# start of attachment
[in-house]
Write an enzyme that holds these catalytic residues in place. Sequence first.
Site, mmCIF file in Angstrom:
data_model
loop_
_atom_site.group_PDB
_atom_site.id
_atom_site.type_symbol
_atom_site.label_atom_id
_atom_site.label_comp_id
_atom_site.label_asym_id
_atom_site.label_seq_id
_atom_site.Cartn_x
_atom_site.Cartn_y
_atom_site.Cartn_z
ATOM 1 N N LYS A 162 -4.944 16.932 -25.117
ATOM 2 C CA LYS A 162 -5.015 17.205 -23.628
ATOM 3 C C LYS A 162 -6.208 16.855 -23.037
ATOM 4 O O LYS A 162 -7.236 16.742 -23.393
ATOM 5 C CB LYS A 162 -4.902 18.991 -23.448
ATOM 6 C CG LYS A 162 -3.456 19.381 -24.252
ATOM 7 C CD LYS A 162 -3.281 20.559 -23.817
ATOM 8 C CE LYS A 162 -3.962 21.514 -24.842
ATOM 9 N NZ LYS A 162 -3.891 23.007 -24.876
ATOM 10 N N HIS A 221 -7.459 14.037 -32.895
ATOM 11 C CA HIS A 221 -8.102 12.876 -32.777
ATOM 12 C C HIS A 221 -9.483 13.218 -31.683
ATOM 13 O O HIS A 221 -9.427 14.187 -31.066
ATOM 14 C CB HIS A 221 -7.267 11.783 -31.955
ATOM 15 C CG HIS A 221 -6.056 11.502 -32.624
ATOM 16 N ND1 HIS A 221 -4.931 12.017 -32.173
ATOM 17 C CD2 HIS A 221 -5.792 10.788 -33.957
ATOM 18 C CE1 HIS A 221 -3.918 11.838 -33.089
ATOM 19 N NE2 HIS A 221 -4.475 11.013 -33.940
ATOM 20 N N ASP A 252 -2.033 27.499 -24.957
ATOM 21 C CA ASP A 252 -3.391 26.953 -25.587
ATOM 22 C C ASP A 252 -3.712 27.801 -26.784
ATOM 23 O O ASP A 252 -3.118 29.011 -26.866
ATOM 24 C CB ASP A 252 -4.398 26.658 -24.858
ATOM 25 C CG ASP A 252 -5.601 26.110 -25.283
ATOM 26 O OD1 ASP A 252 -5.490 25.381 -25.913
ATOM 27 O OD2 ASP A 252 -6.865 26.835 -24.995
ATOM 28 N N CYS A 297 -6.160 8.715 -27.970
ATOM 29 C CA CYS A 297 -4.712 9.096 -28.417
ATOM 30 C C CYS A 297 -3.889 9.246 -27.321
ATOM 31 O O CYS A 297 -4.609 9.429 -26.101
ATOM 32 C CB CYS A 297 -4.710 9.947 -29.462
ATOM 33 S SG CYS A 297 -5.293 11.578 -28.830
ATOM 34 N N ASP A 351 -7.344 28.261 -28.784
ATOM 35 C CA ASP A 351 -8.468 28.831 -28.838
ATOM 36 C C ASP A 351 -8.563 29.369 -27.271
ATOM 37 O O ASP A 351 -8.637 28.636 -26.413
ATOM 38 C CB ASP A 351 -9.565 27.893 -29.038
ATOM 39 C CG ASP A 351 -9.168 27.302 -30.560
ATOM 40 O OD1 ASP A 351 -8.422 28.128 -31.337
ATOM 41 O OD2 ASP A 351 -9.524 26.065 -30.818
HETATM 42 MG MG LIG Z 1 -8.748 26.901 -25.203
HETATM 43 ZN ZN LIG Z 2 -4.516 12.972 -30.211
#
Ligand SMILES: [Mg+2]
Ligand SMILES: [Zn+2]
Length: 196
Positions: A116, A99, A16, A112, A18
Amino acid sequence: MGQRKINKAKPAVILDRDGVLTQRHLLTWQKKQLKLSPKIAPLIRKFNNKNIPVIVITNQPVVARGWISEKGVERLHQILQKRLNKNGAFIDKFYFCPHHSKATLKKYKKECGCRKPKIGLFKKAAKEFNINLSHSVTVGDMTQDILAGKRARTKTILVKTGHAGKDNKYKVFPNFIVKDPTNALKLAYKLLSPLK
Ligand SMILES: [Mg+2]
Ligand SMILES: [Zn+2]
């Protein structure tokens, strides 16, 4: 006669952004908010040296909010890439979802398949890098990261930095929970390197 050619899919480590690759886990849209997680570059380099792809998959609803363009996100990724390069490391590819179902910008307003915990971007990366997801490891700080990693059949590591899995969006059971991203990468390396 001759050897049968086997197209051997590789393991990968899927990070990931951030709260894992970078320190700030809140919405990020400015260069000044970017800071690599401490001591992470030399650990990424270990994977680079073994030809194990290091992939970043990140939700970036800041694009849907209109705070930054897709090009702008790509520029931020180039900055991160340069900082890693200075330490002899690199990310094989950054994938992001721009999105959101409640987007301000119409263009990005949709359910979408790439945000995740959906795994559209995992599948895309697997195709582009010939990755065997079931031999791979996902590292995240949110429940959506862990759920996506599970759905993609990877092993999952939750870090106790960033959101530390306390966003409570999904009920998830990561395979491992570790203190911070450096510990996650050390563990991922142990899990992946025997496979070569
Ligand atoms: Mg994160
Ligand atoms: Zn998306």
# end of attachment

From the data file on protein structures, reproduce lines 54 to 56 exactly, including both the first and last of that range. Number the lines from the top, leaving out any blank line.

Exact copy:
ATOM 39 C CG ASP A 351 -9.168 27.302 -30.560
ATOM 40 O OD1 ASP A 351 -8.422 28.128 -31.337
ATOM 41 O OD2 ASP A 351 -9.524 26.065 -30.818